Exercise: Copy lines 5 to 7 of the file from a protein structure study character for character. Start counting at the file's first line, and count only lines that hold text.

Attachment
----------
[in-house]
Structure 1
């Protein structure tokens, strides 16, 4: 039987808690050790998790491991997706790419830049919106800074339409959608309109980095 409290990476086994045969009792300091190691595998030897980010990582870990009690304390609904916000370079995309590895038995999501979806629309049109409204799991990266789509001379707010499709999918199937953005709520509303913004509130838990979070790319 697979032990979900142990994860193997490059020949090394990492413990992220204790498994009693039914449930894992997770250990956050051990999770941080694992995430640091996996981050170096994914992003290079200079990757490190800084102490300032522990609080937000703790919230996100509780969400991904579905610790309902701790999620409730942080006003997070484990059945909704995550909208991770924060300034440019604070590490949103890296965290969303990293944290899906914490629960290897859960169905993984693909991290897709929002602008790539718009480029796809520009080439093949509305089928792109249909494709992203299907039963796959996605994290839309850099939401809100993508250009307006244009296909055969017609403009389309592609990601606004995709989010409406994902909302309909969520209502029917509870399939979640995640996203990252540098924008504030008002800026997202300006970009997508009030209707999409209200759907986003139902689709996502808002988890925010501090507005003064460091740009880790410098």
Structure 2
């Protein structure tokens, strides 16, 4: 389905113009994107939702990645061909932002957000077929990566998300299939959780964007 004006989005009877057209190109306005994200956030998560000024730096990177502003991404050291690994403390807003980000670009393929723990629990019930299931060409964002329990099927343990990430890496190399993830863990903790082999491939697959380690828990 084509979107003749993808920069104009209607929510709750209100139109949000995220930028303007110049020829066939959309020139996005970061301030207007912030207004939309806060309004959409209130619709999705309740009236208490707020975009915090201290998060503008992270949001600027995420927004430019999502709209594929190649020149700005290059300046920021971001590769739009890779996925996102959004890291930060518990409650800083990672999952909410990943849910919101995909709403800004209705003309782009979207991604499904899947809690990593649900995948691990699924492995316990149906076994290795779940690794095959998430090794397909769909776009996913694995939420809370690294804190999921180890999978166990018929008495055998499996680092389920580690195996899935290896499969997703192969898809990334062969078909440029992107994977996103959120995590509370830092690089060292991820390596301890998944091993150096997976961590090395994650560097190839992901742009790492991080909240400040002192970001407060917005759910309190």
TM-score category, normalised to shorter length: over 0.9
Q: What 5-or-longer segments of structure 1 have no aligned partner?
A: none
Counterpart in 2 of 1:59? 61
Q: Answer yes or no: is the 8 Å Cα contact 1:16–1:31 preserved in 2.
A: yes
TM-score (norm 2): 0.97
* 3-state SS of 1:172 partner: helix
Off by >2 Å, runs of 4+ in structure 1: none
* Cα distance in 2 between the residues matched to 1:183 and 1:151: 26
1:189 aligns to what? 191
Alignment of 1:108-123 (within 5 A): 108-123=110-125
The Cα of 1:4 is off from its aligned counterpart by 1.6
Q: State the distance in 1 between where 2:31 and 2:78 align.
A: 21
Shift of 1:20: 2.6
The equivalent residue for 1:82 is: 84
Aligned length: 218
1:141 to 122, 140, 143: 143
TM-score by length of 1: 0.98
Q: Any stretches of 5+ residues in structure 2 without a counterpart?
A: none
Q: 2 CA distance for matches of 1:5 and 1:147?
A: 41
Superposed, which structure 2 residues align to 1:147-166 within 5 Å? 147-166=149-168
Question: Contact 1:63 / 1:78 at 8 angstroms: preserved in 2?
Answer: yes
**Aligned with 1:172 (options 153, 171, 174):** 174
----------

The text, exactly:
């Protein structure tokens, strides 16, 4: 389905113009994107939702990645061909932002957000077929990566998300299939959780964007 004006989005009877057209190109306005994200956030998560000024730096990177502003991404050291690994403390807003980000670009393929723990629990019930299931060409964002329990099927343990990430890496190399993830863990903790082999491939697959380690828990 084509979107003749993808920069104009209607929510709750209100139109949000995220930028303007110049020829066939959309020139996005970061301030207007912030207004939309806060309004959409209130619709999705309740009236208490707020975009915090201290998060503008992270949001600027995420927004430019999502709209594929190649020149700005290059300046920021971001590769739009890779996925996102959004890291930060518990409650800083990672999952909410990943849910919101995909709403800004209705003309782009979207991604499904899947809690990593649900995948691990699924492995316990149906076994290795779940690794095959998430090794397909769909776009996913694995939420809370690294804190999921180890999978166990018929008495055998499996680092389920580690195996899935290896499969997703192969898809990334062969078909440029992107994977996103959120995590509370830092690089060292991820390596301890998944091993150096997976961590090395994650560097190839992901742009790492991080909240400040002192970001407060917005759910309190």
TM-score category, normalised to shorter length: over 0.9
Q: What 5-or-longer segments of structure 1 have no aligned partner?